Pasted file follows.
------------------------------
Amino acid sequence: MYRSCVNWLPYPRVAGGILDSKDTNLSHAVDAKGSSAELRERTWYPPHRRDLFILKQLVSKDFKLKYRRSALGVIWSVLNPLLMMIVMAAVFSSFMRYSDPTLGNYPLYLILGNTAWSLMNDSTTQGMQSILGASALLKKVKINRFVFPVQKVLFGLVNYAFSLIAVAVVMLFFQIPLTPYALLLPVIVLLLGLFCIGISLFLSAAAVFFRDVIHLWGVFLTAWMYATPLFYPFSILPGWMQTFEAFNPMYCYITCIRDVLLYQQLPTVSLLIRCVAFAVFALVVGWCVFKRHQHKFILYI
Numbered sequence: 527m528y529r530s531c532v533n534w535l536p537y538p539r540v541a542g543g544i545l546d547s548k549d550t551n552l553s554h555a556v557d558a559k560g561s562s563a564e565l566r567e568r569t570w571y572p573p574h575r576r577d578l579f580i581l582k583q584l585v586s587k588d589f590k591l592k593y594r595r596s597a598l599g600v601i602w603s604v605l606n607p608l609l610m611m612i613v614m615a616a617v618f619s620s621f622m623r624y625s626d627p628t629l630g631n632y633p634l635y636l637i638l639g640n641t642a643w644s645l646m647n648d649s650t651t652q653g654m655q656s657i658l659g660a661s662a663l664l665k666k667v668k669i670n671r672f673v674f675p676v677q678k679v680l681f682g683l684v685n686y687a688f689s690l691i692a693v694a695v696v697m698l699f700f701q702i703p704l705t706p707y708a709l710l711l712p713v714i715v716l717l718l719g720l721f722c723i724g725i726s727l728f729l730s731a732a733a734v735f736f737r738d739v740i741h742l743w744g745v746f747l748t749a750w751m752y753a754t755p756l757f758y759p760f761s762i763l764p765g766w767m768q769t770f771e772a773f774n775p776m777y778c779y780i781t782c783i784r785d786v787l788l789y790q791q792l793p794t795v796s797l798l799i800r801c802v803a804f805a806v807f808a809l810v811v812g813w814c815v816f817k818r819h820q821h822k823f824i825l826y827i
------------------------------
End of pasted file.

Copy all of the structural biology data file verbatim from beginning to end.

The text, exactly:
Amino acid sequence: MYRSCVNWLPYPRVAGGILDSKDTNLSHAVDAKGSSAELRERTWYPPHRRDLFILKQLVSKDFKLKYRRSALGVIWSVLNPLLMMIVMAAVFSSFMRYSDPTLGNYPLYLILGNTAWSLMNDSTTQGMQSILGASALLKKVKINRFVFPVQKVLFGLVNYAFSLIAVAVVMLFFQIPLTPYALLLPVIVLLLGLFCIGISLFLSAAAVFFRDVIHLWGVFLTAWMYATPLFYPFSILPGWMQTFEAFNPMYCYITCIRDVLLYQQLPTVSLLIRCVAFAVFALVVGWCVFKRHQHKFILYI
Numbered sequence: 527m528y529r530s531c532v533n534w535l536p537y538p539r540v541a542g543g544i545l546d547s548k549d550t551n552l553s554h555a556v557d558a559k560g561s562s563a564e565l566r567e568r569t570w571y572p573p574h575r576r577d578l579f580i581l582k583q584l585v586s587k588d589f590k591l592k593y594r595r596s597a598l599g600v601i602w603s604v605l606n607p608l609l610m611m612i613v614m615a616a617v618f619s620s621f622m623r624y625s626d627p628t629l630g631n632y633p634l635y636l637i638l639g640n641t642a643w644s645l646m647n648d649s650t651t652q653g654m655q656s657i658l659g660a661s662a663l664l665k666k667v668k669i670n671r672f673v674f675p676v677q678k679v680l681f682g683l684v685n686y687a688f689s690l691i692a693v694a695v696v697m698l699f700f701q702i703p704l705t706p707y708a709l710l711l712p713v714i715v716l717l718l719g720l721f722c723i724g725i726s727l728f729l730s731a732a733a734v735f736f737r738d739v740i741h742l743w744g745v746f747l748t749a750w751m752y753a754t755p756l757f758y759p760f761s762i763l764p765g766w767m768q769t770f771e772a773f774n775p776m777y778c779y780i781t782c783i784r785d786v787l788l789y790q791q792l793p794t795v796s797l798l799i800r801c802v803a804f805a806v807f808a809l810v811v812g813w814c815v816f817k818r819h820q821h822k823f824i825l826y827i